The idea of ‘birth tourism’ has long been dangled as a spectre of fear and terror by the right, which wants us to think that unwanted hordes are flooding into the US to give birth here in order to offer their children US citizenship. While it’s true that children born on US soil receive US citizenship, and that to some extent people have planned travel around that fact in some cases, to characterise it as some sort of social epidemic is a bit much — and a bit racist, given that the focus tends to be on Latin American immigrant parents as though they personally are responsible for the downfall of society.
Yet, birth tourism is alive and real, and the victim of exploitation is not the precious lily-white sanctity of the United States, but the immigrant parents themselves. In the Bay Area, a number of ‘birthing homes’ have sprung up to accommodate wealthy Chinese mothers who travel to the United States to give birth. It can cost up to $60,000 in combined fees to cover room and board, hospital visits, tourist visas, and the other costs of relocating to the US during the third trimester, all in order to bring a child home with a US passport.
Such businesses were common in Southern California and have started spreading up the state, as many people see them as a profitable model. Often, they involve the conversion of private homes, which raises uncomfortable questions about health and safety for residents, in addition to unsettling and angering neighbours who didn’t sign up for a boarding house in their community. They’re turning a hefty profit on their residents, but is it fair? Some might say it’s all part of the entrepreneurial spirit of the US, but I see it as more exploitative and gross than that.
High fees like these are comparable to those charged to smuggle people across the border, highlighting the fact that people are willing to pay a lot of money to get into the United States, which is something we already know. In this case, paying the fees ends in legal US citizenship by birthright, which can make them a tempting proposition, but it puts extreme pressure on Chinese women to consider birth tourism even if they can’t afford it, in order to keep up with their compatriots. It’s also liable to put a strain on US-China relations as the conservative element in the United States will be unhappy about it.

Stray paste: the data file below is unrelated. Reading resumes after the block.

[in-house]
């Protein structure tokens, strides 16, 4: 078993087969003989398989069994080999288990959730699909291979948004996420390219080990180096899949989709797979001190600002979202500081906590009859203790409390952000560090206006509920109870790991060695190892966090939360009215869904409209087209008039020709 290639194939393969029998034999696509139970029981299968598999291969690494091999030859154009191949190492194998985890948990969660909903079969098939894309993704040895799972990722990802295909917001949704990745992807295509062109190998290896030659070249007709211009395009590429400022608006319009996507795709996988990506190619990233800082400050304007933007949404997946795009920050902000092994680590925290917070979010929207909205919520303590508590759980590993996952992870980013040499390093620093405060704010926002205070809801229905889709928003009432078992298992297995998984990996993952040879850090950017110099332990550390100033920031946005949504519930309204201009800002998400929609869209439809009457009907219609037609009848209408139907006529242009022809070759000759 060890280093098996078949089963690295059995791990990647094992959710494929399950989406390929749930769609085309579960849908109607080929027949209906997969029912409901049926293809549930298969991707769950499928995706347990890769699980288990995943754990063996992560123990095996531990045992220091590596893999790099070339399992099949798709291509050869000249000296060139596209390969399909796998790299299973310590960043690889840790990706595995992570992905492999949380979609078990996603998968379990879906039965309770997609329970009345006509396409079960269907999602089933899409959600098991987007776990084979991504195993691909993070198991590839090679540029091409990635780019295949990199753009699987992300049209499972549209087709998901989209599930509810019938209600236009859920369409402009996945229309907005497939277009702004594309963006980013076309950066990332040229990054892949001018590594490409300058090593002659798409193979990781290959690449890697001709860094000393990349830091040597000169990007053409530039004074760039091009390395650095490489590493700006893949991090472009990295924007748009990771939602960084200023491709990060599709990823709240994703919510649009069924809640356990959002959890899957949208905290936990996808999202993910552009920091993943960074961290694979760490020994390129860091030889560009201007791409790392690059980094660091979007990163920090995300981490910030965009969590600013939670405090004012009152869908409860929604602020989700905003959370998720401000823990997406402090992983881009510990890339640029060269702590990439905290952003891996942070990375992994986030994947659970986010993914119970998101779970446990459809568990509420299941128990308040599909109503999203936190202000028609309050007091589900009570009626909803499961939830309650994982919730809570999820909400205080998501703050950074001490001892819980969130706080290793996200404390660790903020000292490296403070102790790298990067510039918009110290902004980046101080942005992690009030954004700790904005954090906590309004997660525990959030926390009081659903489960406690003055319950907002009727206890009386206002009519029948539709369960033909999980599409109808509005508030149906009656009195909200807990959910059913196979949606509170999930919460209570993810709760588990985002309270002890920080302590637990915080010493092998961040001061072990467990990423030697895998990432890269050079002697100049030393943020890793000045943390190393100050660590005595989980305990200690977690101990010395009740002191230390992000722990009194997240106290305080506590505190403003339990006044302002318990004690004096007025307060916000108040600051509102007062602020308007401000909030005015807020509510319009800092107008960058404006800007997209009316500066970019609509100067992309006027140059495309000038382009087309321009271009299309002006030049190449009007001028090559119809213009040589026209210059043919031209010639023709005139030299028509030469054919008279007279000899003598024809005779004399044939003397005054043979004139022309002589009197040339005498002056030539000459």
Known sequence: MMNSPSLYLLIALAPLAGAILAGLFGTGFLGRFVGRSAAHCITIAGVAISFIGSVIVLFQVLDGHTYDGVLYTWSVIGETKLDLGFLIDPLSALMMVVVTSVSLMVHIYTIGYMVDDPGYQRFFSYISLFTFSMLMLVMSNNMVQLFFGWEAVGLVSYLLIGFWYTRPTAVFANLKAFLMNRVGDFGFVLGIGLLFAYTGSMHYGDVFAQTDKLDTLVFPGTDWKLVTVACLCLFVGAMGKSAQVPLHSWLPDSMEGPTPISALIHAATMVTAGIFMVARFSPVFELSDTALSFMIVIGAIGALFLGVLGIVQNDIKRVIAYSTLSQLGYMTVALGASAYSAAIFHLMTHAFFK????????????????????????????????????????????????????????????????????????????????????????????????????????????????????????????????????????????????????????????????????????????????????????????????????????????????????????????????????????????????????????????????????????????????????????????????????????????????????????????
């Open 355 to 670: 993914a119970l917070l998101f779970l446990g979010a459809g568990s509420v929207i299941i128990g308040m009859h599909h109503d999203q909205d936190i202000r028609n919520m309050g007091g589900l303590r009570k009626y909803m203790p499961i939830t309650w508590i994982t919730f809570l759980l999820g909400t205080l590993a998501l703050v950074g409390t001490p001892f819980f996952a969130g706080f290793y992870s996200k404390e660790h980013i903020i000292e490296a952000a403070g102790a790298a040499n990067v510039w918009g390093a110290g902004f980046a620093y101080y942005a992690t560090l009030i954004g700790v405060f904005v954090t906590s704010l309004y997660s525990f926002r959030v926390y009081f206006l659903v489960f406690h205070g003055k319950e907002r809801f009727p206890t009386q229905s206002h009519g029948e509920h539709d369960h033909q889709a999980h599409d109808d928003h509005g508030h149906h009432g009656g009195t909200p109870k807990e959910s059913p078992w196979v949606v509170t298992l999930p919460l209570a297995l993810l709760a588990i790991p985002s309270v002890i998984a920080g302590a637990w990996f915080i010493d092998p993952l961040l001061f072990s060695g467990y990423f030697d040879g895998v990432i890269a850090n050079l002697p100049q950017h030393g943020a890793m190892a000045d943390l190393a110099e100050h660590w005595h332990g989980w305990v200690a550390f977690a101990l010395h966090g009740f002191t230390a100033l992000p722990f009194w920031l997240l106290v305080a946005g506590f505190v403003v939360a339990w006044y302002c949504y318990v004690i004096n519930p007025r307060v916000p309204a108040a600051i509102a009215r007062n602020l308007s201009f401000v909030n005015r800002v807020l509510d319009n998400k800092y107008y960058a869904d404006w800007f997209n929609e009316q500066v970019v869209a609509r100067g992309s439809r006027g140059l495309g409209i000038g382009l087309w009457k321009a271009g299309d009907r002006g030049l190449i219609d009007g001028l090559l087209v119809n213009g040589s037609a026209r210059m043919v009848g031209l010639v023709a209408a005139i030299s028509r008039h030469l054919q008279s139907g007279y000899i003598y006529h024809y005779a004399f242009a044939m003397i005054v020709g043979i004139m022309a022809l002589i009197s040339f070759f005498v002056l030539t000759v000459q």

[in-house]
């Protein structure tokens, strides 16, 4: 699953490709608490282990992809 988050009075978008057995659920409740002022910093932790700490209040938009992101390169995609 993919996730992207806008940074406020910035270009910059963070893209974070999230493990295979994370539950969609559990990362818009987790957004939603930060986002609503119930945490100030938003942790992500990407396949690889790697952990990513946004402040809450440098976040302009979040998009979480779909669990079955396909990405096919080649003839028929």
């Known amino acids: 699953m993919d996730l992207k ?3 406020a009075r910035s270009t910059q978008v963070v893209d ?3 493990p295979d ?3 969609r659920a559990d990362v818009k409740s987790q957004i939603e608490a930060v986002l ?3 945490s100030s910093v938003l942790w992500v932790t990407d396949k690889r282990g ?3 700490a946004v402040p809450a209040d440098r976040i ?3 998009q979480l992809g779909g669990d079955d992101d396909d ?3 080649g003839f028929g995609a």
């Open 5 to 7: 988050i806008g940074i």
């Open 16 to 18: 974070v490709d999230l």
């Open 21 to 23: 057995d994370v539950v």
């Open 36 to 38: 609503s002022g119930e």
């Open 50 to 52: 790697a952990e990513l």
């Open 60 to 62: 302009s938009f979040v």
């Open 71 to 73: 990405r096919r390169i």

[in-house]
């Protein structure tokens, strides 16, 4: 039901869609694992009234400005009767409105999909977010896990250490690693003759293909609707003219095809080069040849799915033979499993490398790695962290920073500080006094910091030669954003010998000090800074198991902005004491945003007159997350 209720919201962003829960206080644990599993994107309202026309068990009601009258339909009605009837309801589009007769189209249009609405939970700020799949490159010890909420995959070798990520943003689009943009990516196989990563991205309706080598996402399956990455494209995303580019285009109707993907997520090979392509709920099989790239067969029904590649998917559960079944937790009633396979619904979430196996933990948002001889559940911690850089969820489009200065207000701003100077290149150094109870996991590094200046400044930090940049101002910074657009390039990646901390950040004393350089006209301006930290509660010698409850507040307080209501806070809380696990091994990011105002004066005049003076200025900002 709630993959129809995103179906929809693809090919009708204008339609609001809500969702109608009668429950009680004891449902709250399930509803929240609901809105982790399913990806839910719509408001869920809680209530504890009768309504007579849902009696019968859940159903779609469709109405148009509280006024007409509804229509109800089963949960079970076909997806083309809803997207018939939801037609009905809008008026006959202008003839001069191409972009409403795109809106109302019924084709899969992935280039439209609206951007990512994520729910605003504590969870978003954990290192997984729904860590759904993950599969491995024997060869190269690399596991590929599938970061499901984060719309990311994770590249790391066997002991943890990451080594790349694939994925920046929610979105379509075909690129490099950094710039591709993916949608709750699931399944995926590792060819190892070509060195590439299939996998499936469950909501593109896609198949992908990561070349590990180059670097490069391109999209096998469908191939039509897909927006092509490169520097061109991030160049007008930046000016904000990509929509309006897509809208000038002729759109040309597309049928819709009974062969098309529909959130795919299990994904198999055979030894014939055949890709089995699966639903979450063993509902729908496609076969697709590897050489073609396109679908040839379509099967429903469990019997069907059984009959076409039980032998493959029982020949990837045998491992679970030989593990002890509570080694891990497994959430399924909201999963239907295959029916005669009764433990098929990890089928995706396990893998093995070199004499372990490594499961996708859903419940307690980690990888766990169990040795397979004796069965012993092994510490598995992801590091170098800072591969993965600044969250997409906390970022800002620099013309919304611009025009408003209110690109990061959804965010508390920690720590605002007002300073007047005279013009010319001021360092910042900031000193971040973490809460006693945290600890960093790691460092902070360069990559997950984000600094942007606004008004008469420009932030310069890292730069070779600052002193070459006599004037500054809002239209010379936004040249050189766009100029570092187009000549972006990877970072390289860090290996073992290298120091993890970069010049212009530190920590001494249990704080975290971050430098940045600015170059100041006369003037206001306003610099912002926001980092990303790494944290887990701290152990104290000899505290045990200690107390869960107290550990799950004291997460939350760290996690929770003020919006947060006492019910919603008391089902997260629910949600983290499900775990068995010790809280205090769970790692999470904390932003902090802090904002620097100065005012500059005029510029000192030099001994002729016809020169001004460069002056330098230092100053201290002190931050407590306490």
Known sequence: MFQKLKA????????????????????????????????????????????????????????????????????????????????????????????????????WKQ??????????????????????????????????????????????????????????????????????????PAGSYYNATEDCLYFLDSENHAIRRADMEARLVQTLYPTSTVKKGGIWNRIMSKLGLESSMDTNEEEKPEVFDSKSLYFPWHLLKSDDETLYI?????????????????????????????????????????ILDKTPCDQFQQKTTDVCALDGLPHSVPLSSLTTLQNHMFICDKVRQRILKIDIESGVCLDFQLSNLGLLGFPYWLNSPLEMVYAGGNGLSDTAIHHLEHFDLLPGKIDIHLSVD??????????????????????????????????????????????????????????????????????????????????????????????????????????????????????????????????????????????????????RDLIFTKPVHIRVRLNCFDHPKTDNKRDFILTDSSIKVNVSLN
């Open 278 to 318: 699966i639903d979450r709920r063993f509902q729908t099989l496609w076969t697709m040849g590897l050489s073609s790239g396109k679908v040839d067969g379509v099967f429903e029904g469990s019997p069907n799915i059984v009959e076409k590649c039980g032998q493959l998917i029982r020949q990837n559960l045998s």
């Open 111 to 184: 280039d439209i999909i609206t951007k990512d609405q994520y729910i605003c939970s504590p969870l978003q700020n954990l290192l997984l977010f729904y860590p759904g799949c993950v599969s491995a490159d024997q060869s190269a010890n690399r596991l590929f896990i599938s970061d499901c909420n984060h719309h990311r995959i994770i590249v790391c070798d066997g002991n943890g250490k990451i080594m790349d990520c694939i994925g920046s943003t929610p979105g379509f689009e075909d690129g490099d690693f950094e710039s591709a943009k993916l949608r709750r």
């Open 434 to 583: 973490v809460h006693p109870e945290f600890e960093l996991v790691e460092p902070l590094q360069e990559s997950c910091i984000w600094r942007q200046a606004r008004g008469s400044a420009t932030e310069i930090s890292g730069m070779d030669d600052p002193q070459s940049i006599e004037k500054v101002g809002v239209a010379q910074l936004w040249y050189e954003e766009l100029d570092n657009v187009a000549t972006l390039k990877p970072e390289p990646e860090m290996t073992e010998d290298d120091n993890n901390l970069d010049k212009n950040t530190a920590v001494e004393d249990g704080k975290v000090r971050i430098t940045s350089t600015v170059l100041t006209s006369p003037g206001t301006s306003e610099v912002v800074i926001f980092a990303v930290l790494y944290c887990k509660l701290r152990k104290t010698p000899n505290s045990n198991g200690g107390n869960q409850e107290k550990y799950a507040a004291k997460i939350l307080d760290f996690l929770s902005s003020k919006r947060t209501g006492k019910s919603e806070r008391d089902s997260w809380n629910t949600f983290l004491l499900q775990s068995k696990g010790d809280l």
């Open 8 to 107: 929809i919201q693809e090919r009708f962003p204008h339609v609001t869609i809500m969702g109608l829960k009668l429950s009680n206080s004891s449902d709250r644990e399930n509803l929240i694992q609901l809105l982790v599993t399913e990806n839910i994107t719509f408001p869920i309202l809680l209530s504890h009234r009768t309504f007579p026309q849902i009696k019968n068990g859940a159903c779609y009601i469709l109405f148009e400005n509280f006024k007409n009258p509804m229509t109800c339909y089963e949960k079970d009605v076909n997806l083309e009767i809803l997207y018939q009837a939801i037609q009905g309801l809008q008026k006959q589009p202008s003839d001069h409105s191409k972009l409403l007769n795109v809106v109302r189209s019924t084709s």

It’s also just troubling to move people around like a human cargo, and to charge them exorbitant fees for facilitating birth tourism. There’s nothing wrong with being born in the US and having a US citizenship, and later deciding to return to the US and establish a life here: you have a right to do so just like everyone else, and you will be paying taxes and participating in society just like everyone else. There is something wrong with a commercial web that ensnares women and forces them to spend their final trimesters in cramped boarding houses as they wait to attempt to birth a better opportunity for their children.
It also makes me worry about the future for immigration controls into the US. Will US airports be instructed to turn back obviously pregnant women or those in their third trimester, with supporters arguing that this discrimination is necessary to prevent birth tourism? Will we refuse to grant visas to pregnant women? Will Congress attempt to fundamentally change the way citizenship is granted in the US to take birthright citizenship away, thus limiting options and creating even more of an exclusive insiders club within the United States, a country that everyone wants to get in to, and few people seem to qualify for.
The United States has a long history of discriminating against immigrants on variously highly dubious grounds, and pregnancy seems like an easy way to profile people. Pregnant people shouldn’t be harassed or made to feel unwelcome upon entering the US, whether they are returning citizens, visitors, or, yes, people who are coming here with the intent of delivering here. This sets up a very dangerous precedent that we should be uncomfortable with if we’re concerned about our collective future — and yet, I see birth tourism framed in a primarily negative, hostile way.
Instead of abusing women who pursue this option, we should be asking why it’s so appealing, and how it sets up avenues for the possibility of extreme exploitation. I’m troubled by birth tourism not because I think we should be finding new and creative ways to deny citizenship, but because I worry that this is yet another new and creative way to exploit people who so desperately want to pursue the American Dream they’ve been sold in the media and in pop culture. The America that is here waiting for them is not the world of imagination, not even a little bit.
Image: Apple I, Eden Chalumeau, Flickr.